Protecting your Pet from Canine Influenza
Posted June 15, 2017
Texas A&M College of Veterinary Medicine & Biomedical
Sciences (CVM), veterinarians are working to educate pet parents
about the recent outbreak of canine influenza in Georgia and
Florida that could affect dogs in Texas.
Just like humans, pets can be affected by strains of influenza
and experience flu-like symptoms. The strains of influenza that
affect dogs are highly contagious and spread through particles in
the air. However, the disease is typically not life-threatening
when treated and is not transmissible to humans.
“The most common symptoms of canine flu include coughing and
lethargy, as well as decreased appetite and fever,” said Dr. Stacy
Eckman, clinical assistant professor at the CVM. “In some cases,
the infection can progress to pneumonia, especially when the flu is
complicated by other respiratory bacteria or viruses.”
The canine flu should be treated as soon as possible. If you are
worried your pet is experiencing symptoms of the canine flu,
contact your veterinarian before going in to their office. This
allows the veterinarian to prepare for the visit and potentially
decrease exposure to other pets.
If you live in an area where the canine flu has been reported,
consider keeping your dog away from other dogs by staying clear of
the dog park or kenneling your dog.
Canine influenza is a relatively new virus in dogs, but there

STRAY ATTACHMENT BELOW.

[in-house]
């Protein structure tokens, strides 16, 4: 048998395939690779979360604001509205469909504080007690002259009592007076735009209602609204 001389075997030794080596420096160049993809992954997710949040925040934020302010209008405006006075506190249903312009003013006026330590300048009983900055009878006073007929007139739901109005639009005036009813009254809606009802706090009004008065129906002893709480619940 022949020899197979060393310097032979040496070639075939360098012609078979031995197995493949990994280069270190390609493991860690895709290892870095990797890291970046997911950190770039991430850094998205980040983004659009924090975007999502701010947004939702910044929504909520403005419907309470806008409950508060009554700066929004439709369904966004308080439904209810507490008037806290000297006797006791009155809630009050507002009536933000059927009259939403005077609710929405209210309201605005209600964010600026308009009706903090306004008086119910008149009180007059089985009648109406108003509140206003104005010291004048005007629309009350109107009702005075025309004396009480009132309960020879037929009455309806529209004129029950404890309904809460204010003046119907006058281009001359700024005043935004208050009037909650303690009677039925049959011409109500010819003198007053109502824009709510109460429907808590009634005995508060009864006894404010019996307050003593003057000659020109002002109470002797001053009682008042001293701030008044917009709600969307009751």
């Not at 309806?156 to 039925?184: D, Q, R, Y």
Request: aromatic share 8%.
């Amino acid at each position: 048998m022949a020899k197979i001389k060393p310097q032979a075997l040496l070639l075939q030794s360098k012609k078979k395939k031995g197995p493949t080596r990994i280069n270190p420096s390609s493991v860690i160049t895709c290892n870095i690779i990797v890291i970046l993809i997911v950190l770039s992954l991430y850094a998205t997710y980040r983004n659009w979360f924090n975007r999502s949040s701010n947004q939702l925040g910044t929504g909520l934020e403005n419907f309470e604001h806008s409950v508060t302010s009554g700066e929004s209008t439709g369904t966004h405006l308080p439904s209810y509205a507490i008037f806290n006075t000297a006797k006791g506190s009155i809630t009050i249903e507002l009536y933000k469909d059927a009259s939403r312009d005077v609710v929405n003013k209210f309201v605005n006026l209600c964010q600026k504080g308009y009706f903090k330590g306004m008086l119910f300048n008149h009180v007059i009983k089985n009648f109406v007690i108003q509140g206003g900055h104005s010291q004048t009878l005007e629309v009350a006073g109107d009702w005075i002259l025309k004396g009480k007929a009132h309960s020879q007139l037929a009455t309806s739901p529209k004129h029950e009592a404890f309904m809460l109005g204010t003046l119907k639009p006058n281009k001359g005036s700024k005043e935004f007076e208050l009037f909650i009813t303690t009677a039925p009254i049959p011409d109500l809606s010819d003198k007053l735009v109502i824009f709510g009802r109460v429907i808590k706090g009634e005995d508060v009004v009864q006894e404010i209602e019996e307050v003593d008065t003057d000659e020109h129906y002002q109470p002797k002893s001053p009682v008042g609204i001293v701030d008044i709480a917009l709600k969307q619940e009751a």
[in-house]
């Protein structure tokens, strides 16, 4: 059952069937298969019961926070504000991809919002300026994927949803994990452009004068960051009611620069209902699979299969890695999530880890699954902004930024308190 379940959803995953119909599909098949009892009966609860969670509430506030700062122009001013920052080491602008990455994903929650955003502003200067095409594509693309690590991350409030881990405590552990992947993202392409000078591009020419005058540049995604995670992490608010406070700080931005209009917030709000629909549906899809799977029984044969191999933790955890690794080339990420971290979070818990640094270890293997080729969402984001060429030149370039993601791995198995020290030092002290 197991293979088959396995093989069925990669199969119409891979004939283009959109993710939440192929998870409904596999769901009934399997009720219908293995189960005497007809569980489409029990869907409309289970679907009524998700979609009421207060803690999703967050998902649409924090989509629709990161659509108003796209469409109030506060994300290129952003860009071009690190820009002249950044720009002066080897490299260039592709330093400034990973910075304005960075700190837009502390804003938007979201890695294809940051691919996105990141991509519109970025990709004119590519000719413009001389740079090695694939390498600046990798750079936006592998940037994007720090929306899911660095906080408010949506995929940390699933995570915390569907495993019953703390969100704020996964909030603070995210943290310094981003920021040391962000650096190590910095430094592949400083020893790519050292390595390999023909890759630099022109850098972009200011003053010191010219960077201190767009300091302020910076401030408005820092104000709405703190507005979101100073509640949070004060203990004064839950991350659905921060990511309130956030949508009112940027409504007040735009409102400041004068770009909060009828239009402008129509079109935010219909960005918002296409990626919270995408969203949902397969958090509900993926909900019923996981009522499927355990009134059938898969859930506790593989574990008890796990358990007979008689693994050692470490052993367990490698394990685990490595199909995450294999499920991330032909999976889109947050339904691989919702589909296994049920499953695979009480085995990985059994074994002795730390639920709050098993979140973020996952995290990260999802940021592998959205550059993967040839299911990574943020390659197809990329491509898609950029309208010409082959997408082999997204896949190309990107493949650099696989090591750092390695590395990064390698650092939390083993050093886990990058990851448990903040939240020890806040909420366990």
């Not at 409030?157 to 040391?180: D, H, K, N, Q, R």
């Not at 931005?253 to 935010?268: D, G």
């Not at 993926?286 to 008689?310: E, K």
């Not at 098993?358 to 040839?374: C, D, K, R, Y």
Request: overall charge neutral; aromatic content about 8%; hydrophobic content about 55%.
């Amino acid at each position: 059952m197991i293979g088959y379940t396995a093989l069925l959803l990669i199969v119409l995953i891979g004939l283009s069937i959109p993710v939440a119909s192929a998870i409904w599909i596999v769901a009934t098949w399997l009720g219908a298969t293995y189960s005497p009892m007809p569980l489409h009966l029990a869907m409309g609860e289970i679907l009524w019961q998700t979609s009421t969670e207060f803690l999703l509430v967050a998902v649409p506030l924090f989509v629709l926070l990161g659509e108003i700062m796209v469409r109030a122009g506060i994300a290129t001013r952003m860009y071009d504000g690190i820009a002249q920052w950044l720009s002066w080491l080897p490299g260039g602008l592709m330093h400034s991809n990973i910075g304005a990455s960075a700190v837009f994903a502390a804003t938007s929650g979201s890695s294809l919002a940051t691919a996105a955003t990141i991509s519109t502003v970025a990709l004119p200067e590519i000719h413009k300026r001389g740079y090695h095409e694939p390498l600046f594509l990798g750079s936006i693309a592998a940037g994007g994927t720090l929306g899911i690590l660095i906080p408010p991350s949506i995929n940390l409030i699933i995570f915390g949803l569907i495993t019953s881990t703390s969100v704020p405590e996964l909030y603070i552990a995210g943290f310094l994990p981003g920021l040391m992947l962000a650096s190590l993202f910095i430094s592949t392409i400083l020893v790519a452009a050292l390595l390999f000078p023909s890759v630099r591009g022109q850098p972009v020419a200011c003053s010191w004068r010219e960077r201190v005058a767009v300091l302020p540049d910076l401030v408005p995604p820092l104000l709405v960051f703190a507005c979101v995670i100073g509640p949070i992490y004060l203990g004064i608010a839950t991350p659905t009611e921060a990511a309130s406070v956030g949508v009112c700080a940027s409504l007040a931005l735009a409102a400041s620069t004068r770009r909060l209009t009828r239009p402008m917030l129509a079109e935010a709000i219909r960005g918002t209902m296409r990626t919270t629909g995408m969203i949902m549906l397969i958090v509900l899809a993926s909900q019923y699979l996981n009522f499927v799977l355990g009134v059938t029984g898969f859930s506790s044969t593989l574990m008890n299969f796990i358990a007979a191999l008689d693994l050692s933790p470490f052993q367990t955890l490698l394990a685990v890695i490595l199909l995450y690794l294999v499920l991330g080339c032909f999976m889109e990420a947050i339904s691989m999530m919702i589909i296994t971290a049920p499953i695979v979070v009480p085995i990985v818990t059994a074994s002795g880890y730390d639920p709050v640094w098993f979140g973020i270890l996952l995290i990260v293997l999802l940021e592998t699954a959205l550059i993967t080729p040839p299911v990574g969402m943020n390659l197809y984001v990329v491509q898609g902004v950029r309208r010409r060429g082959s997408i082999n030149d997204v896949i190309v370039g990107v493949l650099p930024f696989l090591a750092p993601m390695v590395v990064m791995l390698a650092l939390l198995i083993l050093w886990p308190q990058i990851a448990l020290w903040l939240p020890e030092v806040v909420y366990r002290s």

are vaccines available to help protect your pet. The vaccine does
not prevent your pet from getting infected or spreading the virus,
but it may reduce your pet’s symptoms.
“The vaccine is recommended for pets that go to
dog shows, including hunting and agility; are kenneled or boarded;
visit grooming salons or doggie day cares regularly; or are around
a high number of dogs that visit these areas,” Eckman said.
If your pet becomes infected with the canine flu, a veterinarian
can provide supportive care and medications to make the pet feel
better. In the meantime, consider your options for preventing your
pet from facing this illness again in the future, such as with a
As a pet parent, it is important to provide your dog with
excellent healthcare. Talk with your veterinarian about reducing
the chances of your dog being impacted by canine influenza.
Pet Talk is a service of the College of Veterinary Medicine
& Biomedical Sciences, Texas A&M University. Stories can be
viewed on the web at vetmed.tamu.edu/pet-talk. Suggestions for
future topics may be directed to firstname.lastname@example.org
↑ Back to Top
« Back to Pet Talk